THE AESTHETIC WITHIN PHENOMOLOGY 2.
FLAT REALITY 3.ON A PERSONAL NOTE
ALL THINGS BEING EQUAL
|The principles of Phenomenology
were developed by the German philosopher Edmund Husserl (1859 - 1938).
His method was a reaction to the rationality of Descartes and to the "certainty"
held by Cartesians. He was also reacting against the historical determinism
Husserl used the ancient Sceptics
technique of the epoche,
or bracketing, which is a holding back of opinion, a suspension in judgement,
as a way of finding truth. Doubt, which was central to the Sceptics, was
not so for Hussel.
Later, a younger generation
of French intellectuals would develop upon Husserl's work.
Maurice Merlau-Ponty and Jean-Paul Sartre, in
particular. Merleau-Ponty would write the 'Phenomenology of Perception',
1945, and Sartre would develop Existentialism. Sartre famously employed
the technique of the epoche
in Nausea, with
the description of a chestnut tree.
| A problem had arisen
with Husserl's brief flirtation with Fascism and that would diminish his
influence. Later both Merlau-Ponty and Sartre would embrace Marxism; however
Merlau-Ponty soon rejected this over Stalin's policies while Sartre did
not. These political asides had the unfortunate effect of reducing the
aesthetic and intellectual influence of Phenomenology and Existentialism.
But Socialist and Marxist thought remained strong in Europe, as seen in
Herbert Marcuse and Walter Benjamin and the Frankfurt School; and in the
Structuralists; Roland Barthes, Piaget, Saussare and Claude Levi-Strauss.
The Structuralists would develop the theory that the only important relationships
were the structural ones between units and it was only these that held
any social import, whilst the likes of Marcuse would develop far more radical
critiques of the depersonalising effects of Western capitalist society.
The essentially Marxist leanings of these intellectuals, in the context
of the Cold War, meant that fierce opposition arose to some very valid
ideas. It also meant that some rather extreme attitudes developed. The
net effect was a distortion of the aims of truth-seeking, and the blame
must rest with these same intellectuals and the institutions which they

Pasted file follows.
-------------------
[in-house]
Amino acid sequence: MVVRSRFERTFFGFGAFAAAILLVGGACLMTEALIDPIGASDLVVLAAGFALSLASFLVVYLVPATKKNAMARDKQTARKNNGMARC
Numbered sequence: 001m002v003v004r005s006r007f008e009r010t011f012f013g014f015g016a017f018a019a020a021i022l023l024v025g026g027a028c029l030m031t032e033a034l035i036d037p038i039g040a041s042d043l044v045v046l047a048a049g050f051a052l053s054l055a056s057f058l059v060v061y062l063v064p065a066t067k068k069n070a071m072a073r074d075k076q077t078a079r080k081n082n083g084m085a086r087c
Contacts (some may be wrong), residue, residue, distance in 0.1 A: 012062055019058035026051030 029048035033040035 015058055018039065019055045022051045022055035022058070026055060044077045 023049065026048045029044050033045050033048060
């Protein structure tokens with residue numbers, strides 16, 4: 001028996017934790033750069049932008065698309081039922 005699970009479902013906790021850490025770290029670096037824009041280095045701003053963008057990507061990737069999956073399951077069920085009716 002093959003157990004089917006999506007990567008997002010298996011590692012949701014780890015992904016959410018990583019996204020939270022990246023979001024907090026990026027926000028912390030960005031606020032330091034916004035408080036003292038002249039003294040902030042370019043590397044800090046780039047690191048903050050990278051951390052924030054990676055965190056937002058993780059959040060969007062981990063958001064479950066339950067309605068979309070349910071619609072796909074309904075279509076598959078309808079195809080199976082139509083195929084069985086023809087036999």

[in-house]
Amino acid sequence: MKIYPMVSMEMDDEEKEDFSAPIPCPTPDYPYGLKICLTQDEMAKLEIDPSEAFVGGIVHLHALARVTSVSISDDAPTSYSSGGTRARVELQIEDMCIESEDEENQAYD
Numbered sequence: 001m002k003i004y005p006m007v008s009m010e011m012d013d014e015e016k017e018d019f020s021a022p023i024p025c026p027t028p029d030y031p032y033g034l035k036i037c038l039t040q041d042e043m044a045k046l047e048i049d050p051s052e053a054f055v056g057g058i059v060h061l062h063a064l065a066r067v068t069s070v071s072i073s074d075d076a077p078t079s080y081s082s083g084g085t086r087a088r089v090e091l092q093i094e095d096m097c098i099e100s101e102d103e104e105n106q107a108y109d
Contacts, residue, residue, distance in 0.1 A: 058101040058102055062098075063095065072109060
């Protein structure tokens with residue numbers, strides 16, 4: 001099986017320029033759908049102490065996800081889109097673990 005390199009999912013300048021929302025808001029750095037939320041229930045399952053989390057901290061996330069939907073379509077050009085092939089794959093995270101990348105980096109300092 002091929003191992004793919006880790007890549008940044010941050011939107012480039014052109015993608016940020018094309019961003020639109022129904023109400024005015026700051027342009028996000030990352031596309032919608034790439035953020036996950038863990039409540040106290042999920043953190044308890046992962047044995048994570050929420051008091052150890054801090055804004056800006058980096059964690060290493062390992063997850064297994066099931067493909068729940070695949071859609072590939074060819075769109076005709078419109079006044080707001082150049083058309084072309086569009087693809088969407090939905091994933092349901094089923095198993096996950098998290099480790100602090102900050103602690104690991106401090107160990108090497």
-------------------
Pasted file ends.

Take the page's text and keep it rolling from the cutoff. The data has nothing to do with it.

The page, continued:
For the Existententialists
the "held" moment would later become the "gaze" and this would be used
effectively in literature and film. The gaze would be a fixation that isolated
a moment or a thing and so sevealed an essential truth; Husserl had developed
the epoche into
a process by which something was reduced to its essential nature;
hence the fixation on a chestnut tree, the tree held in the gaze and then
a detailed description of what chestnut 'treeness' really was. Alain Robbe-Grillet
would do similar with the detailed description of a sliced tomato in the
and thereby earning the scorn of the anti-intellectuals.
| Another related principle
was that of the eidetic image,
which became useful for the Structuralists; that is only drawings done
by children and the mentally insane were "pure" expressions as they involved
no filtering or reflection -- this would have far-reaching consequences
for later Twentieth Century Art.
Almost at two extremes
then, are two art forms related to Structuralism: the "pure" expressions
of children -- and the mentally insane -- and what would become known as
Minimalism, which, although may be eidetically reduced images, are in fact
Structural: relating units or parts to wholes or places. The Minimal artwork's
"truth" is in its composition or structure. Later several Minimal artists
would extend their work to examining social structures and provide a critique,
in Marcusian form, of those.